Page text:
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Education

University. Academia. Creativity. Sound.

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Where does sound fit into the learning system? I believe the common path of most teaching institutions incorporating a long or short form audio course as an academic subject is wrong.

Sound is like painting or music composition. There are no hard and fast rules for the creative part of it. Sure there are technical requirements and standards and there is some aspect of sound that is academic - however it's the technical side that falls into the sphere of academic study. The creative side is by far the most visible (audible really!) aspect of what you do as a person crafting a mix.

If you're connecting fibre cable to digital consoles and remote stage boxes - it either works or it doesn't. There are rules that govern how the communications takes place and over what sort of cable the signals are transmitted. If the 48v is not present for a phantom powered microphone it will not work. Buzz and hum loops can occur when signal earths from different power systems mix. These are all academic things - yes I agree and the information related to these aspects of sound is best conveyed in an academic way.

However most of the time sound is about mixing, microphone placement, eq, compression, effects like reverb or delay, desk routing and configuration setup is a personal preference. There are a multitude of other creative based decisions made and some that quite often seem counter intuitive academically.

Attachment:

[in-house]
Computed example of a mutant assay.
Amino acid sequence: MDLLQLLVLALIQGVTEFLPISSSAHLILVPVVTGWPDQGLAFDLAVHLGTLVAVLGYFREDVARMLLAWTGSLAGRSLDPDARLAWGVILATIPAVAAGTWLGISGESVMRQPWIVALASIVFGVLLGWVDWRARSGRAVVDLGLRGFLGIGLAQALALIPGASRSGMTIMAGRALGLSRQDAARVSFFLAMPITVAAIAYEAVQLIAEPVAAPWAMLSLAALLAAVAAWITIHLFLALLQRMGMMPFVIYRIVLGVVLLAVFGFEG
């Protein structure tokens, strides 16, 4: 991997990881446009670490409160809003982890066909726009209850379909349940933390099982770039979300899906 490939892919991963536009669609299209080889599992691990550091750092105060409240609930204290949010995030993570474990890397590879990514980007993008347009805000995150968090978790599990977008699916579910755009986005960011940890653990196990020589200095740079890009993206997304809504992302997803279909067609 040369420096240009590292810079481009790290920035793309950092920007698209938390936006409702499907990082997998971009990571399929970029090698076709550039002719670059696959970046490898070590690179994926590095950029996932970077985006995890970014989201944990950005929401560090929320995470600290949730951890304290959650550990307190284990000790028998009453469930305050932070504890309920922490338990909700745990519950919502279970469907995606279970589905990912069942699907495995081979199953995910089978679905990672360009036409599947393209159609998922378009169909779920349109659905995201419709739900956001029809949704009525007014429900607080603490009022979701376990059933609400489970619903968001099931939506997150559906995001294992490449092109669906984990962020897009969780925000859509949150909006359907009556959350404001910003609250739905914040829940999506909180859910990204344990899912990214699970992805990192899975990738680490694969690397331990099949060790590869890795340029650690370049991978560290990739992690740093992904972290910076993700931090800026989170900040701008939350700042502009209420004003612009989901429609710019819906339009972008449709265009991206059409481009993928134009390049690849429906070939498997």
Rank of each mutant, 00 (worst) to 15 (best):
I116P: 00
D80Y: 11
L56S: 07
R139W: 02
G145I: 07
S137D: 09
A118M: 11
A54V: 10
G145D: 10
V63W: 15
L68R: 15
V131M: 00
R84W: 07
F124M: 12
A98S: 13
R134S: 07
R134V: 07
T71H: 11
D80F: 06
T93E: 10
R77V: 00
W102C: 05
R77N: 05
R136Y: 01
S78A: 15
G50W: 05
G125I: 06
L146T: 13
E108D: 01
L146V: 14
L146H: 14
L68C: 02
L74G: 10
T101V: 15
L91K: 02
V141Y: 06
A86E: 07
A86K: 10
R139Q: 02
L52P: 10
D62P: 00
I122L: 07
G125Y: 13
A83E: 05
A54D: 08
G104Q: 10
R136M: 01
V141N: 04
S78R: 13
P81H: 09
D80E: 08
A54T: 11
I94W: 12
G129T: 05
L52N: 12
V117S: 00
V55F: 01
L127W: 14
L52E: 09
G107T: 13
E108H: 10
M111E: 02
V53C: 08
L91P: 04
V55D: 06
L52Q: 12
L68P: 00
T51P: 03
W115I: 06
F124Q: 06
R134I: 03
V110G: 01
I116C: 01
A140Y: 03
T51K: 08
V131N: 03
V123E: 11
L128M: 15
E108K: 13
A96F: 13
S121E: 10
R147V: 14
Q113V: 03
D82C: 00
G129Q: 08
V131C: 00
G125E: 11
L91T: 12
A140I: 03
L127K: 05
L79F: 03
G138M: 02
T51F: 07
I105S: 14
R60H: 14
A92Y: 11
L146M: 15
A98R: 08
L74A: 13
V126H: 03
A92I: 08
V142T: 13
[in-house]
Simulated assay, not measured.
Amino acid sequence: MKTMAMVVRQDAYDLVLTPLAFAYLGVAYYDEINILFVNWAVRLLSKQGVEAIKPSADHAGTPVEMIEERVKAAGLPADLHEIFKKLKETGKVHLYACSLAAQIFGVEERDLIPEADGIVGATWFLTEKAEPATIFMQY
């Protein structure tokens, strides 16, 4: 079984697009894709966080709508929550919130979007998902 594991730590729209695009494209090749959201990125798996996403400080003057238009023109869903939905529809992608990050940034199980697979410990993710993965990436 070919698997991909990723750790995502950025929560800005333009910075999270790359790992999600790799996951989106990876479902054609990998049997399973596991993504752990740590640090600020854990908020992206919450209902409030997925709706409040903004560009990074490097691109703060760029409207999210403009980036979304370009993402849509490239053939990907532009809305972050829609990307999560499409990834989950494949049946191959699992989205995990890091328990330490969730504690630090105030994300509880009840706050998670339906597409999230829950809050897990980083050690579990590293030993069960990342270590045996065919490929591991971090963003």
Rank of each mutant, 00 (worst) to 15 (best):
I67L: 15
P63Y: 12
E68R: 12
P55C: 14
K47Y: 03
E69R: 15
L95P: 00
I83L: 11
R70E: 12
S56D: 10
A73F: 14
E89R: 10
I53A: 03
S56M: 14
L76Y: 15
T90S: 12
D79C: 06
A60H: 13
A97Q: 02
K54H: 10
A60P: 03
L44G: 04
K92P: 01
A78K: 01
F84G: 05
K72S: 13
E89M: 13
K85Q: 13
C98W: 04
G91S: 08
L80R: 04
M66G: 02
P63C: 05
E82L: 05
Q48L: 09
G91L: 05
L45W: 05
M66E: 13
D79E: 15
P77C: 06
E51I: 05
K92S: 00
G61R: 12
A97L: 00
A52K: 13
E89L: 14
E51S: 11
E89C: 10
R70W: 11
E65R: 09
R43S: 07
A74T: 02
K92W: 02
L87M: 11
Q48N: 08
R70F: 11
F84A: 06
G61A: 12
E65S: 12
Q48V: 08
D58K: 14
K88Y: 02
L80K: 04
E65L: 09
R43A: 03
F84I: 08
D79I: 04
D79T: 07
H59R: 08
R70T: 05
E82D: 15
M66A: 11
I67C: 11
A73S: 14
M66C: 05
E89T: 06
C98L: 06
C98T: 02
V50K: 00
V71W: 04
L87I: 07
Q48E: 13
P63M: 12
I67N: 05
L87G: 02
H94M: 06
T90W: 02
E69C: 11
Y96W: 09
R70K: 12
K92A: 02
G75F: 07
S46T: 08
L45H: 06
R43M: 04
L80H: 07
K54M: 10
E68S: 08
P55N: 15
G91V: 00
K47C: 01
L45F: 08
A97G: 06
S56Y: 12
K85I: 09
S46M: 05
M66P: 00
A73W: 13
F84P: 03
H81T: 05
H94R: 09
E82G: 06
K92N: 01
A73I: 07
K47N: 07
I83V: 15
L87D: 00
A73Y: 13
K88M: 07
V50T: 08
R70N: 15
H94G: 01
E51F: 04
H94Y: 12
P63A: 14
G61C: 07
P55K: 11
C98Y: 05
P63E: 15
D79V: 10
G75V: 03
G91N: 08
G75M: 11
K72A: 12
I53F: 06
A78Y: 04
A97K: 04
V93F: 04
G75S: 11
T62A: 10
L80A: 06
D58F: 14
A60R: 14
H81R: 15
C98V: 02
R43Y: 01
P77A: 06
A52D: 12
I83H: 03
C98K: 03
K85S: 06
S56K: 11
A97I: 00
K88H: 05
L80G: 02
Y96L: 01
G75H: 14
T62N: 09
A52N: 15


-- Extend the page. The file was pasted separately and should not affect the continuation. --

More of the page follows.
The decisions that drive all of these things is creative.

Mixing cannot be academic.

There is no right way to mix a voice and music for a commercial. Small (sometimes considered insignificant by observers) tweaks to eq and compression are often used to compensate for changes in source material such as the position of a commentators head set microphone or a different presenters voice. It will sound better but listeners don't know why.

The process is creative and requires input from the operator to decide what is wrong and what needs tweaking to correct it. The art of mixing is difficult to learn and master - throw in the standards requirement for loudness or having to do a live sport mix with 12-15 effects mics, 4 commentators, 2 sideline presenters, a panel of 5 people, video playback from 3 streams and adding music - all by yourself on the console. You can't just load someone else's console file and bingo everything mixes itself.

Many video editors struggle with sound. I have yet to hear top quality and well produced material leave any video edit suite. I can hear you scoffing and feel your disbelief. Well unfortunately, just loading a plugin and choosing a preset is not enough. "I've got the compressor at 6" the editor says or "I'm using the 'get rid of wind eq' preset" - but those things don't mean anything and surely need tighter changes than the generic plugin rubbish they place on our audio tracks. Like the video edit itself, the process involves creative input to achieve and while the video edit is where they excel, with sound they have no idea. The academic side of this is the operation of the software or edit facility. Something that is usually not that hard to grasp.

Plugging in a large setup and debugging could be considered academic although boundaries are crossed when it comes to mic choices and placement. Everything else including mixing can be learnt, but not from an academic. These are all creative decisions - that academics do not do well.

It is about time that creativity in sound was recognised by all institutions and taught in a way to get the best of a persons abilities. Not just for example "push the fader to -20" to achieve a mix.

Most people fall into one category or the other - they are either really good technically or really good creatively. This is why Im not painting pictures or producing sculpture to place in the Louvre. But it's also why other people should not be mixing sound.